What’s in a Name? Job Titles and Modern Award Coverage
The Name Game
Amusing articles appear on a regular basis about the renaming of particular occupations in an effort to make them seem more grand or important than they have been traditionally regarded.
Some examples that have been cited include renaming “Bar Attendant” to “Beverage Dissemination Officer”, “Labourer” to “Mortar Logistics Engineer”, “Garbage Collector” to “Recycling Operative”, “Toilet Cleaner” to “Sanitation Consultant” and “Panel Beater” to “Vehicle Restoration Engineer “.
While there may well be a laudable intention behind rebranding particular occupations that have not been accorded the respect or importance they might deserve, the mere renaming of a position does not, of itself, change its essential character.
The position of the Fair Work Commission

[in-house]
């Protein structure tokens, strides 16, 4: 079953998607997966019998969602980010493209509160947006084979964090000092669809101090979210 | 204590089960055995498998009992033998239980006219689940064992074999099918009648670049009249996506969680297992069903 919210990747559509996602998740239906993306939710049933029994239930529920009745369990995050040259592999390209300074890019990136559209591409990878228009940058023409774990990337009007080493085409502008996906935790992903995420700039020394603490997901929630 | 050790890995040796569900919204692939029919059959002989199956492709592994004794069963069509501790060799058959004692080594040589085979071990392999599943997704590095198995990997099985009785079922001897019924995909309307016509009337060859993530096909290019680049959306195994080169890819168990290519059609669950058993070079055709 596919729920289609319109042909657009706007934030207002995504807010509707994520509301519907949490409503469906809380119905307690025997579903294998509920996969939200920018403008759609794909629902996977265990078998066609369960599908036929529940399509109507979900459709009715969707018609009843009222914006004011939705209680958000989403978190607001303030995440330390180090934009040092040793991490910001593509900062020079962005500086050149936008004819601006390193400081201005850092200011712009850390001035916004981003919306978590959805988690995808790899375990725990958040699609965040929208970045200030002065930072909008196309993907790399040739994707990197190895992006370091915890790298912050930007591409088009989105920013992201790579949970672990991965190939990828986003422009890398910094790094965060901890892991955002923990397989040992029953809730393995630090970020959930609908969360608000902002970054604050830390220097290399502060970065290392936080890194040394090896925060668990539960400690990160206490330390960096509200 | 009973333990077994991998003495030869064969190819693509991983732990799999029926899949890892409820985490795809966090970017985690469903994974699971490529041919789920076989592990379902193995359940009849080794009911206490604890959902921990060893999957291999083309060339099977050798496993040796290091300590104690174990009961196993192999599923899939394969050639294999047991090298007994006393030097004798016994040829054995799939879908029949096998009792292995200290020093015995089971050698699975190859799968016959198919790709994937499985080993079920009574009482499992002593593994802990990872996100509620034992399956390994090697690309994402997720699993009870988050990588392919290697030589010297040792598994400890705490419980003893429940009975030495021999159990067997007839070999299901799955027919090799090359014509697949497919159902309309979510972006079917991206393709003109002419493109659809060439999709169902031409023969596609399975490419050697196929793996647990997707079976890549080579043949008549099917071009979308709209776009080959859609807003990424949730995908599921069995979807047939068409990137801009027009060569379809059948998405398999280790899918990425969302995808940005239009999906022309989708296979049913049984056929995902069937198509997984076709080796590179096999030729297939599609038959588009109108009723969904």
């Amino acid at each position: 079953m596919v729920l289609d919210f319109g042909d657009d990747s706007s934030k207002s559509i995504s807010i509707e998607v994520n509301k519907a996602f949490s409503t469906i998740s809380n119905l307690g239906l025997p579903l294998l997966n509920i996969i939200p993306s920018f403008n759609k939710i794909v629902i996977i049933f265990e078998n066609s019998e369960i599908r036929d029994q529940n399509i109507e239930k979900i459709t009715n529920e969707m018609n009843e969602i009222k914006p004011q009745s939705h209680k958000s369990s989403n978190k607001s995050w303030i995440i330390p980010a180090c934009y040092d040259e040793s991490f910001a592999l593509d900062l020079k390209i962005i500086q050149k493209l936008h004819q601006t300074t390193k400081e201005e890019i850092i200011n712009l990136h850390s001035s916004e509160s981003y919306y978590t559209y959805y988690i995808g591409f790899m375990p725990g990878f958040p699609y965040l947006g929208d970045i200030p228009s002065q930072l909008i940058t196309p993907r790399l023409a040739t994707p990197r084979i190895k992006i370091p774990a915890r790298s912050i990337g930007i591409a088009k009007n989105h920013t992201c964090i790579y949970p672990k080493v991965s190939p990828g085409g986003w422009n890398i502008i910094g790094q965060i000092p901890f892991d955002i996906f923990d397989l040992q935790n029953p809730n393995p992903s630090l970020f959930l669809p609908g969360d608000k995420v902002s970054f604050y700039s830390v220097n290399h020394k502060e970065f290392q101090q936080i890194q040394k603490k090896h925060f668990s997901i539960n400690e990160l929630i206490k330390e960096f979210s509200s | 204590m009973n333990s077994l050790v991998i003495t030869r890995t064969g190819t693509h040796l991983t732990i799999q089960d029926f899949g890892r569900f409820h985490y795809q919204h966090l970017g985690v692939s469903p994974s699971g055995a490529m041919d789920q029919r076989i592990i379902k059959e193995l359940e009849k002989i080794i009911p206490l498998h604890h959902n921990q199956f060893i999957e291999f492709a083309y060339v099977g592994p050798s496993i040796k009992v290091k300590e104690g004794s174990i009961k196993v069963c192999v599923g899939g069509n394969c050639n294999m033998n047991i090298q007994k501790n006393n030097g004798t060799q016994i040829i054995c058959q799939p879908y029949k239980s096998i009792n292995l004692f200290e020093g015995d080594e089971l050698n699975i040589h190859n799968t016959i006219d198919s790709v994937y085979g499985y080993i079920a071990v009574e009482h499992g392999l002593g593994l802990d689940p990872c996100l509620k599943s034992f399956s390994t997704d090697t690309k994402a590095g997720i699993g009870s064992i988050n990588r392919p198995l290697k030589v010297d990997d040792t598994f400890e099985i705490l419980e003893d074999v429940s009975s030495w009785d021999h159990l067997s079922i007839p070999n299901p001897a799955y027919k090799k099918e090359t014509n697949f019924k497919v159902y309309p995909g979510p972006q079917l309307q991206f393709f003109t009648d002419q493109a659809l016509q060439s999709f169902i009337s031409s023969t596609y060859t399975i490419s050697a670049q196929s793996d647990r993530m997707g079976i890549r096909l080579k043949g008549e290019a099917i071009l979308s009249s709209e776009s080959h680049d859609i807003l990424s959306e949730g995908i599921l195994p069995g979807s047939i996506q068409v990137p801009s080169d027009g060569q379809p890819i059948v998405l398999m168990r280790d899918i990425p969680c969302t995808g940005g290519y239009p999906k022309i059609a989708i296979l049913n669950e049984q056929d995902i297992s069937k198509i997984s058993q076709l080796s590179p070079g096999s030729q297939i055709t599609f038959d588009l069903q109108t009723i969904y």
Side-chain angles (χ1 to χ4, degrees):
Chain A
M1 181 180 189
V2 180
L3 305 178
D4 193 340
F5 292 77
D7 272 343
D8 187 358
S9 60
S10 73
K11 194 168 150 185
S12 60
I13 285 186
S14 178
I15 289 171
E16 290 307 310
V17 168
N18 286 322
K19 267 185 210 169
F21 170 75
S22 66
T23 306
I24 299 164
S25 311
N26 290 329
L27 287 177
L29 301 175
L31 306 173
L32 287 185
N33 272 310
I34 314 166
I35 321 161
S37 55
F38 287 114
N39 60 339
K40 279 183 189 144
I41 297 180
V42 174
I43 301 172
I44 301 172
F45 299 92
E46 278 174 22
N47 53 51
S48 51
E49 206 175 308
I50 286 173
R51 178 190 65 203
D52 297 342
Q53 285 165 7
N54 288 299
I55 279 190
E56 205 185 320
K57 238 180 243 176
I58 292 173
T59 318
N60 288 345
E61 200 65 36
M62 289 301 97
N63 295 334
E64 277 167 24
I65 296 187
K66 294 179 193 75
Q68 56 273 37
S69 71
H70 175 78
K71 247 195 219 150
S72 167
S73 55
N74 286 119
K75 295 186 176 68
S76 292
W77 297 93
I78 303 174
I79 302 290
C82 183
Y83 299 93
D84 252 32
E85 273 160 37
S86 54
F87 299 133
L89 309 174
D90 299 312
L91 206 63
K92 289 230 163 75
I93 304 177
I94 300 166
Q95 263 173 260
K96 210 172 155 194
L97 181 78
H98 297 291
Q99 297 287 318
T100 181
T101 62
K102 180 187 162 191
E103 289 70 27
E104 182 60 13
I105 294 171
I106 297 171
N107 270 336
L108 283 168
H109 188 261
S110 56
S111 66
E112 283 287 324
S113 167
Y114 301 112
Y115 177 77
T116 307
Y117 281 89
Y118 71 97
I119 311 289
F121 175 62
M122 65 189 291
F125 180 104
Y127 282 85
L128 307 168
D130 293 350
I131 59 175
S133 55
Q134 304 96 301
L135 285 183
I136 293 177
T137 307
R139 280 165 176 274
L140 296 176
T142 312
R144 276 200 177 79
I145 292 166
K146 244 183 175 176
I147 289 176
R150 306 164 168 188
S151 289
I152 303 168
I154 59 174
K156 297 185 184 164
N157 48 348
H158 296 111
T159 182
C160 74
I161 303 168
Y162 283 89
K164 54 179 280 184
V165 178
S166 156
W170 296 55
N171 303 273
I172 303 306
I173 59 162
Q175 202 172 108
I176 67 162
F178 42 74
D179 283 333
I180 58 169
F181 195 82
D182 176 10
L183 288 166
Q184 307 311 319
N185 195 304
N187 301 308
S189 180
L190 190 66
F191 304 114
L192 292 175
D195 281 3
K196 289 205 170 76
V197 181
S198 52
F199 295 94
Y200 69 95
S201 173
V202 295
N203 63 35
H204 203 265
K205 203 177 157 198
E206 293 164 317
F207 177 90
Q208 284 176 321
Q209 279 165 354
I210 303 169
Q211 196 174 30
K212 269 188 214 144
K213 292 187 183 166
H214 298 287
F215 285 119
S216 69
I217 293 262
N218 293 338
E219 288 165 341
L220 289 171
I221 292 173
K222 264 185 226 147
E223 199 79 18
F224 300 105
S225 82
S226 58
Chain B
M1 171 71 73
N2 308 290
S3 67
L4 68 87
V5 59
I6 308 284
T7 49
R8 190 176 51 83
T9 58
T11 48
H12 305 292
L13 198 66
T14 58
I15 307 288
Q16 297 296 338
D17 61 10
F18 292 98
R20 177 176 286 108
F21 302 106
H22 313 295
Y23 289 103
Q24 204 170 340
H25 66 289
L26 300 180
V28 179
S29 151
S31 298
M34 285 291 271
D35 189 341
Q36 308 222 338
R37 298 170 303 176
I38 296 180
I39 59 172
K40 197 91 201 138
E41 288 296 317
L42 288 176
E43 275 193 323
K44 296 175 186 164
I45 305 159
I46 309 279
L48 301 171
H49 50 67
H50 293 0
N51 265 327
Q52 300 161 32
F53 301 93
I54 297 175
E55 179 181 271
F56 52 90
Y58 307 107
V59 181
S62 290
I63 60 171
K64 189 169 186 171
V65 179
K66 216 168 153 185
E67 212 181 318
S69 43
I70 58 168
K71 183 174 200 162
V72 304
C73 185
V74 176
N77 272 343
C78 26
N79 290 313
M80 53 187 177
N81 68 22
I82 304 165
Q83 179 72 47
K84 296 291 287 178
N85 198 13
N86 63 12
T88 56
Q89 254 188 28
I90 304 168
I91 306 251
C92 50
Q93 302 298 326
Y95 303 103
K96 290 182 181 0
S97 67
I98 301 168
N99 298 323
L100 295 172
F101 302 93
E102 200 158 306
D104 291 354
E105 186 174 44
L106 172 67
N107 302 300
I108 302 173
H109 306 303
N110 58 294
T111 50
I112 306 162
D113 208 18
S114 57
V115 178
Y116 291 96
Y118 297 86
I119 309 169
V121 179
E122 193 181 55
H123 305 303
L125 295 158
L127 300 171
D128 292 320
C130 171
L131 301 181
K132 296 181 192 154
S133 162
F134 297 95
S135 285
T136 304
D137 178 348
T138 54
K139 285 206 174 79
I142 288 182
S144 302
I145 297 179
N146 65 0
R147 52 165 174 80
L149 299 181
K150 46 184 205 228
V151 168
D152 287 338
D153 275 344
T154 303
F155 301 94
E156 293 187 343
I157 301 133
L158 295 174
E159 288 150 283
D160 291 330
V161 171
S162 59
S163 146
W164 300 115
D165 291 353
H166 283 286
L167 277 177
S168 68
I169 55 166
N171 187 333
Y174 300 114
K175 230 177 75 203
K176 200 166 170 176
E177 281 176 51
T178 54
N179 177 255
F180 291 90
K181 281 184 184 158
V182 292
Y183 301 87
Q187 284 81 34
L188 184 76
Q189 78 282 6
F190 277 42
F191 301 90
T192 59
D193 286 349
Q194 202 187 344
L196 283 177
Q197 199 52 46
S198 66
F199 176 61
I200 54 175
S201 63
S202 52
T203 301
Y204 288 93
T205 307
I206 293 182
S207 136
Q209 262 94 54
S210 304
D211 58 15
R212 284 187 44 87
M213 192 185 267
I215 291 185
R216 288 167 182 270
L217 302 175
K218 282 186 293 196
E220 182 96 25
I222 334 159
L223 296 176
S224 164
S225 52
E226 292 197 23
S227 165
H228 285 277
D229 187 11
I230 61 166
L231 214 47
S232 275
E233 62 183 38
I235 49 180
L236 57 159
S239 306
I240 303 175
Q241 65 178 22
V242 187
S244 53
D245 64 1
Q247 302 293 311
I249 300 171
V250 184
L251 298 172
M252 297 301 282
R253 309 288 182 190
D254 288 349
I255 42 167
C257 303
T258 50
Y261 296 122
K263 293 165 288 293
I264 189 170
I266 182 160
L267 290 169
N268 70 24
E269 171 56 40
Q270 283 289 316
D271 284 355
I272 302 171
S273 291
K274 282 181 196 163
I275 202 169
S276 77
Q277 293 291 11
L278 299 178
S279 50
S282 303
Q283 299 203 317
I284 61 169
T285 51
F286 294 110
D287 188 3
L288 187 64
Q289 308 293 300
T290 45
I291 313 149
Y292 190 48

This is consistent with the view adopted by the Fair Work Commission (FWC) which takes a “substance over form” approach in considering the weight to be given to a job title in determining whether an employee is covered by a particular modern award.
This is illustrated by the recent decision of Karen Muscat v Chase Commercial Pty Ltd t/a Chase Commercial  FWC 1398.
In this case, Commissioner Hunt needed to determine (in the context of a jurisdictional objection in unfair dismissal proceedings) whether Ms Muscat was covered by a modern award during the course of her employment. If Ms Muscat was not covered by a modern award then she would not be able to pursue a claim for unfair dismissal unless it was determined she earned less than the high income threshold.
At the time of the termination of her employment Ms Muscat held the position of Director of Asset Management with Chase Commercial. At first blush, it might seem a reasonable assumption that an employee in such an ostensibly exalted position would fall outside the scope of the modern award system.